Weak signal detected from Mars might be unlucky Polar Lander

February 02, 2000|By KNIGHT RIDDER/TRIBUNE

Scientists from around the world are rotating arrays of radio telescopes toward Mars in an effort to confirm that a weak, mysterious signal -- about the strength of a cell phone call -- has been received from the $165 million Mars Polar Lander.

"We are continuing to review the data," Mary Hardin, a spokeswoman for NASA's suddenly rejuvenated Jet Propulsion Laboratory, said yesterday. "In the meantime, we are using radio telescopes in England, Italy and the Netherlands to help us listen."

"The data" refers to an unusual signal deeply embedded in the static normally received from space. Reviewing information harvested by a radio telescope in December and January, scientists at Stanford University recently detected the signal.

Though hope for the Polar Lander was given up Jan. 17, more than a month after it disappeared as it approached Mars, other scientists have joined the hunt.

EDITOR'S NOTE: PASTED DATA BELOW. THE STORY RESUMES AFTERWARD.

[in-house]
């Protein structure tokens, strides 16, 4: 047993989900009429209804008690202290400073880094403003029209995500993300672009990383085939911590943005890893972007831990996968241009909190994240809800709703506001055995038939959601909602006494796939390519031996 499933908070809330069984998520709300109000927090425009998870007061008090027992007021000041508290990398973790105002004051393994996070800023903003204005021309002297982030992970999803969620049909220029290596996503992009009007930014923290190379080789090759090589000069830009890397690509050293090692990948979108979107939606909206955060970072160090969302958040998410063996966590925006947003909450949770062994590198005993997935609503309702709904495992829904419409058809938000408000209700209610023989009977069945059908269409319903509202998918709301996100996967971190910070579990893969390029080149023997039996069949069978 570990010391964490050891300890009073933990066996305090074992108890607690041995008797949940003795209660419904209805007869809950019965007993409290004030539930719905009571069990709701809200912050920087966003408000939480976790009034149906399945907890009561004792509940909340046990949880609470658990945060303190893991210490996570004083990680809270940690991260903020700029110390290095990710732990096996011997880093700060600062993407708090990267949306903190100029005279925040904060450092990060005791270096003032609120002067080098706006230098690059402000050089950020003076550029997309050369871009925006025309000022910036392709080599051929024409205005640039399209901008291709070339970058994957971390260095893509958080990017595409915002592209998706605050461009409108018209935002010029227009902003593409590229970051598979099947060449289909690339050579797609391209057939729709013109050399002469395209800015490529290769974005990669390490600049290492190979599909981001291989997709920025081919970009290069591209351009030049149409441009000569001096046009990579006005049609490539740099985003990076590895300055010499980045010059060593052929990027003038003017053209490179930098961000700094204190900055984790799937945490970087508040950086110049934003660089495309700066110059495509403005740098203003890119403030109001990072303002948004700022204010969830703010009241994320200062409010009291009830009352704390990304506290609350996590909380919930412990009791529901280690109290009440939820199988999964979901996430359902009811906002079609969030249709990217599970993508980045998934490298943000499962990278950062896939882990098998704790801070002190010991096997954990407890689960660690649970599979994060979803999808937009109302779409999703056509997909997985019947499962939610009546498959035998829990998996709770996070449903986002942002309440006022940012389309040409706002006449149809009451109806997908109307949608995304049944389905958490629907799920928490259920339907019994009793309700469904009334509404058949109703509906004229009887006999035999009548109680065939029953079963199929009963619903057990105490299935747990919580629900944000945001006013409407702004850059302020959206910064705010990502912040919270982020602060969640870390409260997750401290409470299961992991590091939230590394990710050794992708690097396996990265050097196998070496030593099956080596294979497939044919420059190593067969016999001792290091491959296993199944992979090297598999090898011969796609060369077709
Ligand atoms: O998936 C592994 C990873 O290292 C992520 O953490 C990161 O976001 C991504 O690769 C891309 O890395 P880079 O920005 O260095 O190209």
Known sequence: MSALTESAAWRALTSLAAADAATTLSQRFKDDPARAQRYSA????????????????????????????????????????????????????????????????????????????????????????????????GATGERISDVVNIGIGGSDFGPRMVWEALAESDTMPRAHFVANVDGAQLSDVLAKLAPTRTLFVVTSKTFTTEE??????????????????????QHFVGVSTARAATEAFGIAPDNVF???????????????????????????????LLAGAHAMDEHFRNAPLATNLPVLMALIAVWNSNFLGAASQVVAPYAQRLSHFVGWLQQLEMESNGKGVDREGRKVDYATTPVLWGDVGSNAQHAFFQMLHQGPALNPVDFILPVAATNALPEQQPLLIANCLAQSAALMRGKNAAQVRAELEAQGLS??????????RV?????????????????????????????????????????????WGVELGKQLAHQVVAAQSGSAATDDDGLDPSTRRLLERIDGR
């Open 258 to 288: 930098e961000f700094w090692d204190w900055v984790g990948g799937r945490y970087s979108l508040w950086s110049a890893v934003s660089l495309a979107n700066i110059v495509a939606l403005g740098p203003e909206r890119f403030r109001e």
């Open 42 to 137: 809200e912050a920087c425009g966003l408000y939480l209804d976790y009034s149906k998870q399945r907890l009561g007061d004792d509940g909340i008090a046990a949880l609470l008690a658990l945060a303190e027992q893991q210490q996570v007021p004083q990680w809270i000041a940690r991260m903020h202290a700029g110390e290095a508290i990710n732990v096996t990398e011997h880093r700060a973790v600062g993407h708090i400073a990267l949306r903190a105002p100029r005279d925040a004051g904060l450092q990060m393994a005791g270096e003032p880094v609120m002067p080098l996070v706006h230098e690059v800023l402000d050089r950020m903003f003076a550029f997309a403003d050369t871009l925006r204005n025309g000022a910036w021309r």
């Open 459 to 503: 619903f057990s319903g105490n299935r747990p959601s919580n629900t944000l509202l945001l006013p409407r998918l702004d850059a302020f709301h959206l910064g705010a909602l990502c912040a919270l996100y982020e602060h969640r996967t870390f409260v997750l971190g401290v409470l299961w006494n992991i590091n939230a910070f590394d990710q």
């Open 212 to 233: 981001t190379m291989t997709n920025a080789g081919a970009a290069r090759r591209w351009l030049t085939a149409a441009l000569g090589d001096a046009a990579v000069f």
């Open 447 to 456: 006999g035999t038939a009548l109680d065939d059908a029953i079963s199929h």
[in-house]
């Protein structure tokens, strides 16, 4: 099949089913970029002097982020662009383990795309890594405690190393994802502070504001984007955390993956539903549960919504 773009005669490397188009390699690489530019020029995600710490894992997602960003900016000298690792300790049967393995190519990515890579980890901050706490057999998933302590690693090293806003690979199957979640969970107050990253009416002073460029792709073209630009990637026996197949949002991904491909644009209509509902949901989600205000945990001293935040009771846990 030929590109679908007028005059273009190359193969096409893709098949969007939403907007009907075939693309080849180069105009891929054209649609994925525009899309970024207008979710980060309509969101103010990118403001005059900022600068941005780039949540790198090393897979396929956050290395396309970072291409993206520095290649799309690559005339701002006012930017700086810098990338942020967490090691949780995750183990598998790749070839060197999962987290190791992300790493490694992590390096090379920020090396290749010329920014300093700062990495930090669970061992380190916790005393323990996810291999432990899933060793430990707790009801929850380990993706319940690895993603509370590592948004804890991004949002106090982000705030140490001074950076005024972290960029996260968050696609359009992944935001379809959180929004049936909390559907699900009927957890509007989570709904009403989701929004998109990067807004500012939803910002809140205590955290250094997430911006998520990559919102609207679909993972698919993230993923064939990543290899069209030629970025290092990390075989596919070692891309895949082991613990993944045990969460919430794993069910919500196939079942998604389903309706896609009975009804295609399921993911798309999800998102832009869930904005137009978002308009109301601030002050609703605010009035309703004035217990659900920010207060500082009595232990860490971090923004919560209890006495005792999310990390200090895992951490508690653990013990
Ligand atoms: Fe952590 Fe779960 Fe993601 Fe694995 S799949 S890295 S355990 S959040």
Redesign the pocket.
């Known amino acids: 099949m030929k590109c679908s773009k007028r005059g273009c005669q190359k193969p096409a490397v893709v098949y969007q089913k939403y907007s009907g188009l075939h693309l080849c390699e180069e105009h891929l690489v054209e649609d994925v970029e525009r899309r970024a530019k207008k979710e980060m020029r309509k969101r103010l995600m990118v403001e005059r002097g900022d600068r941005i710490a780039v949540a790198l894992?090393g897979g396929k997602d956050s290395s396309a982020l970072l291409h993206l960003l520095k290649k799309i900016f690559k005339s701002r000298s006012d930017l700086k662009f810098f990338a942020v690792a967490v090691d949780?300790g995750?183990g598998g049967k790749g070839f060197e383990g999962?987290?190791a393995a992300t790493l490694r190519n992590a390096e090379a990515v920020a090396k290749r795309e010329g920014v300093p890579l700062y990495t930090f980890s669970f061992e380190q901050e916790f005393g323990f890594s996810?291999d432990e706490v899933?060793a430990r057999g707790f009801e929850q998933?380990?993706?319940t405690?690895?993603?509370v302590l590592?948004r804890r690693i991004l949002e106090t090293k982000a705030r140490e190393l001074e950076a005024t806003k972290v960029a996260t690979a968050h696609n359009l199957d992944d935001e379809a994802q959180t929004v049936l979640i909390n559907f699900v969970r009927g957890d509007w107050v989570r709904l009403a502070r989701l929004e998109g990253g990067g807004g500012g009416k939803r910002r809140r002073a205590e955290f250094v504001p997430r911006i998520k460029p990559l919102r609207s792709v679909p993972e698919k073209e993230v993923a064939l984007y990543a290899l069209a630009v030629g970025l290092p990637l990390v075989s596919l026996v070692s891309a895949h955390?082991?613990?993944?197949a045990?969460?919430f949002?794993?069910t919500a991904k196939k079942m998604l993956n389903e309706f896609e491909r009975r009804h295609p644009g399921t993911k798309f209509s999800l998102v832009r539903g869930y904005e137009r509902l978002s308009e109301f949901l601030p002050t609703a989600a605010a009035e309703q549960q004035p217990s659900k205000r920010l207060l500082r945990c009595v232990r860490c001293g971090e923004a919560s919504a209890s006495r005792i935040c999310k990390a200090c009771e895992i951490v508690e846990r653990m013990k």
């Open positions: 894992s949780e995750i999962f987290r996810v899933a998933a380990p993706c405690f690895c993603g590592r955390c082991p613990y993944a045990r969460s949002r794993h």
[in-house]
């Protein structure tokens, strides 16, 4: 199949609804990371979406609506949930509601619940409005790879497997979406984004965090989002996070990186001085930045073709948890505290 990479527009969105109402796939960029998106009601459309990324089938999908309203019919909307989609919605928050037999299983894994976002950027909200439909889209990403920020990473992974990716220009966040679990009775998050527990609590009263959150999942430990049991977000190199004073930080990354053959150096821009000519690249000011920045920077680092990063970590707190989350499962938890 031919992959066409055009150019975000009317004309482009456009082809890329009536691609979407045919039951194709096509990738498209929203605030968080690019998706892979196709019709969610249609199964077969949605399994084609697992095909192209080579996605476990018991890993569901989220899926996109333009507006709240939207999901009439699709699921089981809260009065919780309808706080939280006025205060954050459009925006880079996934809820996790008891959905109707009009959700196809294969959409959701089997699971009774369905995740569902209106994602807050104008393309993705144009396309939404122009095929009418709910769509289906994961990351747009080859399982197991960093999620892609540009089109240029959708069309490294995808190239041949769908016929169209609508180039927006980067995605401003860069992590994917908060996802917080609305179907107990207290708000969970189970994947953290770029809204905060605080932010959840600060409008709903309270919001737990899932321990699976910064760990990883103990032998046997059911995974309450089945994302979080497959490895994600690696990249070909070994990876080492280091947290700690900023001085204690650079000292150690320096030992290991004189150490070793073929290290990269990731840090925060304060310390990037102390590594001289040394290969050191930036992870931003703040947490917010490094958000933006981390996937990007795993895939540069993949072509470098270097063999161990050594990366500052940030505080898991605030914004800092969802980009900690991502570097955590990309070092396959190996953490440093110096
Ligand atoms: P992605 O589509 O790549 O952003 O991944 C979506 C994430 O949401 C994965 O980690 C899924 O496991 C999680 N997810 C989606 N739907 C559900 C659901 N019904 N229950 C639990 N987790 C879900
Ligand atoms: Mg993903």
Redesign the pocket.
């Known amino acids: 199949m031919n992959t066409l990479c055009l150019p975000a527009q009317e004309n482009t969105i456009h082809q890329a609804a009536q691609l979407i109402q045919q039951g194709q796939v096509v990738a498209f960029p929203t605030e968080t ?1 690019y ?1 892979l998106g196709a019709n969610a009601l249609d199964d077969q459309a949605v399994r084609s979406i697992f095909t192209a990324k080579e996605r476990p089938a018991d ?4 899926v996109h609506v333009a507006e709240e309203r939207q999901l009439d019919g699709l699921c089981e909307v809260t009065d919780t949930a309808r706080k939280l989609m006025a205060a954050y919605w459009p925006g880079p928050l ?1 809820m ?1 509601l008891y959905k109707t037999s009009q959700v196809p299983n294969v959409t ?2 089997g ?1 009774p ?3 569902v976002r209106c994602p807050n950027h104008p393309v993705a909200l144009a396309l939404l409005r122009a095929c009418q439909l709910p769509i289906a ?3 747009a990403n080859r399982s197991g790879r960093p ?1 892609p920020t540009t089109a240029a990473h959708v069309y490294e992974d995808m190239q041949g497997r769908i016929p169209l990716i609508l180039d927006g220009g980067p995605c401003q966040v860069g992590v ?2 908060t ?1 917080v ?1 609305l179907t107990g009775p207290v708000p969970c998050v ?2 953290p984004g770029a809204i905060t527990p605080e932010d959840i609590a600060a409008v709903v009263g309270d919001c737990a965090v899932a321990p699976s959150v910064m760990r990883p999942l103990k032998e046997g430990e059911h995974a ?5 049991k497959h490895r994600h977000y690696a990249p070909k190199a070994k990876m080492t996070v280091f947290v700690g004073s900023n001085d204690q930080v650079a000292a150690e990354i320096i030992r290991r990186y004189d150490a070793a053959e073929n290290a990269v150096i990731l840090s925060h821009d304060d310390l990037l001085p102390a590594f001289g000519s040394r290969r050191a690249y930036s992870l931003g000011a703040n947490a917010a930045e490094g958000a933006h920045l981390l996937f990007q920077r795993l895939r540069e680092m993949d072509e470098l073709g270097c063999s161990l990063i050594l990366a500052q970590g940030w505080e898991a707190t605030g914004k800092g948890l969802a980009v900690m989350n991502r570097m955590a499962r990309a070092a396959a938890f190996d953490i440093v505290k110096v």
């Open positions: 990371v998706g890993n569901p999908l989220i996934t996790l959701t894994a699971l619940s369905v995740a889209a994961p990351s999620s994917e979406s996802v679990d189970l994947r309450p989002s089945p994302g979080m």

Their new dream: Polar Lander survived its long voyage after all, validating their work, but perhaps tumbled into a ravine or some other unfortunate location.

The probe was bound on a 90-day mission to study the planet's climate and search for frozen water near the south pole. It was the second NASA Mars mission to disappear in three months.

The worldwide array of antennas will be listening again Friday.

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